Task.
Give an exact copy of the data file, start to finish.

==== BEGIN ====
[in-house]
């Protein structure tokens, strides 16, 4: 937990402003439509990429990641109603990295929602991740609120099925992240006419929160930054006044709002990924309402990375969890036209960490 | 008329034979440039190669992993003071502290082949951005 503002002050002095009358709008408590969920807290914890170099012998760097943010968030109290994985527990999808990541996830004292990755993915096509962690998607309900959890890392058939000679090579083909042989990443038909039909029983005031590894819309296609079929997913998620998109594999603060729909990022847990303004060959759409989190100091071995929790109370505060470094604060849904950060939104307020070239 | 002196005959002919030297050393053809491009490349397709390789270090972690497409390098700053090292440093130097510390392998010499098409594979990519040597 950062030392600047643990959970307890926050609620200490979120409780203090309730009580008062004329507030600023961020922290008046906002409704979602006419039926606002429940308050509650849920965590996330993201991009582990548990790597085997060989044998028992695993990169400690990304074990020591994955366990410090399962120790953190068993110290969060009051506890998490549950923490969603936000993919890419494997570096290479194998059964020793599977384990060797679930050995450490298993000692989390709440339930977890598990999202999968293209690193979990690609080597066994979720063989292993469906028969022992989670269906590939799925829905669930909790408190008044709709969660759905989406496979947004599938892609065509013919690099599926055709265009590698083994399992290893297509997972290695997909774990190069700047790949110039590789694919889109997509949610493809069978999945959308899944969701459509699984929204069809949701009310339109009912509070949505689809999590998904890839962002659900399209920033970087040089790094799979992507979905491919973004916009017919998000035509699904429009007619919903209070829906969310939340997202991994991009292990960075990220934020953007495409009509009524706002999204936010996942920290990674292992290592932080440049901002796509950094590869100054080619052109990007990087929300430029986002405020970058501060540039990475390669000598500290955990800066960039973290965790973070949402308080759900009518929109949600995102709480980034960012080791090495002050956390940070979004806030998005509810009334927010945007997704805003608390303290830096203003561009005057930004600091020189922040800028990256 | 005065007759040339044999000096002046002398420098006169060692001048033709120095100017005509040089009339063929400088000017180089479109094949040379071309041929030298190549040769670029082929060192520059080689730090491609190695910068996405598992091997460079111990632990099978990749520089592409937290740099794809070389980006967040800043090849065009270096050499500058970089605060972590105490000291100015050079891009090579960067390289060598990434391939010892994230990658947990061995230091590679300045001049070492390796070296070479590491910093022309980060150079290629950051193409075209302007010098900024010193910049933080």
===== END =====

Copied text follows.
[in-house]
């Protein structure tokens, strides 16, 4: 937990402003439509990429990641109603990295929602991740609120099925992240006419929160930054006044709002990924309402990375969890036209960490 | 008329034979440039190669992993003071502290082949951005 503002002050002095009358709008408590969920807290914890170099012998760097943010968030109290994985527990999808990541996830004292990755993915096509962690998607309900959890890392058939000679090579083909042989990443038909039909029983005031590894819309296609079929997913998620998109594999603060729909990022847990303004060959759409989190100091071995929790109370505060470094604060849904950060939104307020070239 | 002196005959002919030297050393053809491009490349397709390789270090972690497409390098700053090292440093130097510390392998010499098409594979990519040597 950062030392600047643990959970307890926050609620200490979120409780203090309730009580008062004329507030600023961020922290008046906002409704979602006419039926606002429940308050509650849920965590996330993201991009582990548990790597085997060989044998028992695993990169400690990304074990020591994955366990410090399962120790953190068993110290969060009051506890998490549950923490969603936000993919890419494997570096290479194998059964020793599977384990060797679930050995450490298993000692989390709440339930977890598990999202999968293209690193979990690609080597066994979720063989292993469906028969022992989670269906590939799925829905669930909790408190008044709709969660759905989406496979947004599938892609065509013919690099599926055709265009590698083994399992290893297509997972290695997909774990190069700047790949110039590789694919889109997509949610493809069978999945959308899944969701459509699984929204069809949701009310339109009912509070949505689809999590998904890839962002659900399209920033970087040089790094799979992507979905491919973004916009017919998000035509699904429009007619919903209070829906969310939340997202991994991009292990960075990220934020953007495409009509009524706002999204936010996942920290990674292992290592932080440049901002796509950094590869100054080619052109990007990087929300430029986002405020970058501060540039990475390669000598500290955990800066960039973290965790973070949402308080759900009518929109949600995102709480980034960012080791090495002050956390940070979004806030998005509810009334927010945007997704805003608390303290830096203003561009005057930004600091020189922040800028990256 | 005065007759040339044999000096002046002398420098006169060692001048033709120095100017005509040089009339063929400088000017180089479109094949040379071309041929030298190549040769670029082929060192520059080689730090491609190695910068996405598992091997460079111990632990099978990749520089592409937290740099794809070389980006967040800043090849065009270096050499500058970089605060972590105490000291100015050079891009090579960067390289060598990434391939010892994230990658947990061995230091590679300045001049070492390796070296070479590491910093022309980060150079290629950051193409075209302007010098900024010193910049933080």